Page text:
No 'safe sleep' with drop-side cribs, attorney general says
Illinois Attorney General Lisa Madigan is denouncing the Juvenile Products Manufacturers Association for its upcoming “Safe Sleep” campaign, saying some dangerous drop-side cribs still carry the association's certification seal.
The trade assocation plans to kick off a “five-city education and sleep product donation tour” Wednesday in Chicago in observation of annual Baby Safety Month, according to a press release on its website.
Madigan said it amounts to “peddling deadly merchandise in our own backyard where we fight daily to protect our children from such harmful products.”
In the last five years more than 9.5 million drop-side cribs have been recalled -- almost 4 million in 2010 alone -- due to stangulation or suffocation hazards. At least 32 children have died because the drop-sides became detached, trapping the infants or toddlers, according to the Consumer Product Safety Commission.
The cribs were popular with parents because the drop-sides make it easier to pick up or lay down a sleeping child. But the consumer agency says drop-side cribs tend to be less structurally sound than cribs with four fixed sides.
Beginning in December 2009, new nationwide industry standards banned drop-sides as a feature of new cribs, Madigan said, and the Consumer Product Safety Commission has said it will ban drop-side cribs in the United States by the end of the year.
But some older drop-side cribs that were still on retail sales floors as recently as July still carried a Certification Seal from the Juvenile Products Manufacturers Association, she said. The association should force manufacturers to remove those seals from cribs that don't meet new industry safety standards.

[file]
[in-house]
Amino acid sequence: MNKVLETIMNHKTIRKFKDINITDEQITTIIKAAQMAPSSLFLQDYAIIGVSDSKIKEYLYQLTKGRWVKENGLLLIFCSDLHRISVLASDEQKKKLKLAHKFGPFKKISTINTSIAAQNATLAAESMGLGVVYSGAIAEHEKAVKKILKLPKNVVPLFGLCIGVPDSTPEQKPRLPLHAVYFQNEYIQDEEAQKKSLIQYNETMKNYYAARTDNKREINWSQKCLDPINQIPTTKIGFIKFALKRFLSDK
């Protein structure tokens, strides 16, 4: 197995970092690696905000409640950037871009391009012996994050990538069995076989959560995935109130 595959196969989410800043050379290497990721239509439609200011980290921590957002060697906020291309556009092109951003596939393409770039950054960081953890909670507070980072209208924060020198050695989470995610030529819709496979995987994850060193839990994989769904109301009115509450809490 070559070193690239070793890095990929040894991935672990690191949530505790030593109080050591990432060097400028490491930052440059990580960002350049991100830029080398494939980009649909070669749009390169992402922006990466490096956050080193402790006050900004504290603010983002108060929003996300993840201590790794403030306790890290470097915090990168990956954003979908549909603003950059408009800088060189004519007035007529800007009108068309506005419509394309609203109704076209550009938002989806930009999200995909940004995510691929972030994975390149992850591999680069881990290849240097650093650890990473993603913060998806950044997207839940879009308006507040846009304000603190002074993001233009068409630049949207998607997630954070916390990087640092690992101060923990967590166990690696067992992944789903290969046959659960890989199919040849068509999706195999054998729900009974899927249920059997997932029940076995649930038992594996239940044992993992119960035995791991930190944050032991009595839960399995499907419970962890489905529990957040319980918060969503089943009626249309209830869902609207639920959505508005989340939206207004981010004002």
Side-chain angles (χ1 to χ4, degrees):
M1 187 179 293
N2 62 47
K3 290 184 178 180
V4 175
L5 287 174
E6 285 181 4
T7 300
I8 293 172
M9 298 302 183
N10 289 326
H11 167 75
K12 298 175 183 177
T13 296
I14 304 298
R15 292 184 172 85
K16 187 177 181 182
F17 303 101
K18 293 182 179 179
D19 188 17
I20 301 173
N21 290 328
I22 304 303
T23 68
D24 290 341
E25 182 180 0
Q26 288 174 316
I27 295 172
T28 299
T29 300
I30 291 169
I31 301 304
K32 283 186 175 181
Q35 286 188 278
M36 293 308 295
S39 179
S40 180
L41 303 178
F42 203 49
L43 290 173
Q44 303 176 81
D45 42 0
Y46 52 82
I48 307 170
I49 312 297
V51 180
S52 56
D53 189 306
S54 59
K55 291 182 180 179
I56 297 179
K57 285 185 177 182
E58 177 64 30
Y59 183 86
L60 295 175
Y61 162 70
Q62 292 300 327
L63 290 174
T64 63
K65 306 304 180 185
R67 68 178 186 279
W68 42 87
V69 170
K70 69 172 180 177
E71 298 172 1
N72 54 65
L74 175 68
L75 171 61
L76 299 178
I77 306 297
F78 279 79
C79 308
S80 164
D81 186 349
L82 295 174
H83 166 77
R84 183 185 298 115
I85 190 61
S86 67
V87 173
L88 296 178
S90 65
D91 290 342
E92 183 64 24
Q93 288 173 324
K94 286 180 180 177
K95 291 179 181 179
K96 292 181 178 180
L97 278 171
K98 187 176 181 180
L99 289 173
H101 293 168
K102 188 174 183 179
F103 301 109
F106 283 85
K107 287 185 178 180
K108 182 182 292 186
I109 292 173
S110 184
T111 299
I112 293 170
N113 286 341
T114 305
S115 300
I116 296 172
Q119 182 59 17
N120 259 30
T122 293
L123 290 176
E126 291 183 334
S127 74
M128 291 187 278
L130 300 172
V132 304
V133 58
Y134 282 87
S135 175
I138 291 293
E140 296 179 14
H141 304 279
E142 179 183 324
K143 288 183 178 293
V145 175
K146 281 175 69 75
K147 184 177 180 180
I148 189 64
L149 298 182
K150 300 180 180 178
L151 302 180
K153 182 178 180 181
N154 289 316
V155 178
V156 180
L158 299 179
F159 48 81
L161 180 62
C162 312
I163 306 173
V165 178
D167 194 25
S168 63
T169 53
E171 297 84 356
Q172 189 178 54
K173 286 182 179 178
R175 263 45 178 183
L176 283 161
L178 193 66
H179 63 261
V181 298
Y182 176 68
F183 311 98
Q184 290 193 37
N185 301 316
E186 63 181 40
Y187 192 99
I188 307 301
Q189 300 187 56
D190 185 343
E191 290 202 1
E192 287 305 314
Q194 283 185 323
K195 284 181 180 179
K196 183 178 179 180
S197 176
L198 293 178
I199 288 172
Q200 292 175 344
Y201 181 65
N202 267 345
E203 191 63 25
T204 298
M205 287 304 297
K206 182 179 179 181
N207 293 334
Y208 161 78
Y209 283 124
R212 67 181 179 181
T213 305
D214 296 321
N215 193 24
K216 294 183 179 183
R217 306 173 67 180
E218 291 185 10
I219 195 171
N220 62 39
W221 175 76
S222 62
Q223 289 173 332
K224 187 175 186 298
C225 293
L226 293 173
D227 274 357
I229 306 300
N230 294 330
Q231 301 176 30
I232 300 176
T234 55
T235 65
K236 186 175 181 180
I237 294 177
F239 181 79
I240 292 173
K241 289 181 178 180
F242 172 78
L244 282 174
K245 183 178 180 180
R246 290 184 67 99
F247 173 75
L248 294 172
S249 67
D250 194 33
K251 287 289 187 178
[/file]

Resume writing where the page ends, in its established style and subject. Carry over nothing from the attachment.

The Safe Sleep Campaign carries a page on crib safety, which lists drop-side crib recalls and tells consumers how to obtain "immobilization kits" for their drop-side crib. The campaign was launched in June to "provide resources for moms, dads and other caregivers across North America," the association's executive director, Michael Dwyer, said at the time. “As a father of three children, I know parents are always looking for answers."
But Madigan said, “JPMA should take responsibility for certifying deadly drop-side cribs that have killed dozens of infants across the country. They should be launching an awareness campaign to ensure parents and caregivers know drop-side cribs have a deadly flaw, and people need to stop using them immediately."
Based on the new industry standards, drop-side cribs are now deemed unsafe under Illinois law, Madigan said.
The attorney general's office has issued the “Rest Assured: Special Edition” consumer guide, which provides important information to consumers about every drop-side crib recall that has occurred since 2007, including the 12 recalls in 2010.
The guide identifies which cribs were recalled by make and model, when and where the cribs were sold and what to do if you own one. For a copy, call the Attorney General’s Product Recall Hotline at 1-888-414-7678 (TTY: 1-800-964-3013), or go to the Attorney General’s website, www.illinoisattorneygeneral.gov.
Here's the full Madigan press release.